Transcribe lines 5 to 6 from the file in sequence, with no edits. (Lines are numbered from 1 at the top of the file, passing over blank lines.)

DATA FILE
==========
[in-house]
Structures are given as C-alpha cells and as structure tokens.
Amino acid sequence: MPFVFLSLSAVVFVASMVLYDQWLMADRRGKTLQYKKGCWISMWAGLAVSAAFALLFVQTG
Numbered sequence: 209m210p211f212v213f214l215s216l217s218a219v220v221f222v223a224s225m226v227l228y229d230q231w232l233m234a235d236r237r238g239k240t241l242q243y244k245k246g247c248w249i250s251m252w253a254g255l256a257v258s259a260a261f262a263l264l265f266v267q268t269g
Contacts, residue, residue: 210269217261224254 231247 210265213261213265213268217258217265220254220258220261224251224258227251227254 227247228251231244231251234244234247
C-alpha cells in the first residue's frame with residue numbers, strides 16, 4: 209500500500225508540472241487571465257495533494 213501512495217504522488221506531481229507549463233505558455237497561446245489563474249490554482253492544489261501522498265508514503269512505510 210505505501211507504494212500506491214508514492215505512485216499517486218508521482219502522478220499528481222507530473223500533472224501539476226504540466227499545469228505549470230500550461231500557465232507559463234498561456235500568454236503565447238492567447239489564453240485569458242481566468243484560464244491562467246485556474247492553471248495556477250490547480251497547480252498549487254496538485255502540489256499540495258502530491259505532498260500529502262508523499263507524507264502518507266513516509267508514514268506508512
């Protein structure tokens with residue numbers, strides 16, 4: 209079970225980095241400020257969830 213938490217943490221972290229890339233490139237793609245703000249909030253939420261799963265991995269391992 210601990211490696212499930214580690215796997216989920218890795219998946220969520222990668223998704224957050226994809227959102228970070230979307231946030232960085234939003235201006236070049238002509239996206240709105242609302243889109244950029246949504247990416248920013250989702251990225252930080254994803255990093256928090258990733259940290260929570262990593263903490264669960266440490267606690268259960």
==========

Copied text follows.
Contacts, residue, residue: 210269217261224254 231247 210265213261213265213268217258217265220254220258220261224251224258227251227254 227247228251231244231251234244234247
C-alpha cells in the first residue's frame with residue numbers, strides 16, 4: 209500500500225508540472241487571465257495533494 213501512495217504522488221506531481229507549463233505558455237497561446245489563474249490554482253492544489261501522498265508514503269512505510 210505505501211507504494212500506491214508514492215505512485216499517486218508521482219502522478220499528481222507530473223500533472224501539476226504540466227499545469228505549470230500550461231500557465232507559463234498561456235500568454236503565447238492567447239489564453240485569458242481566468243484560464244491562467246485556474247492553471248495556477250490547480251497547480252498549487254496538485255502540489256499540495258502530491259505532498260500529502262508523499263507524507264502518507266513516509267508514514268506508512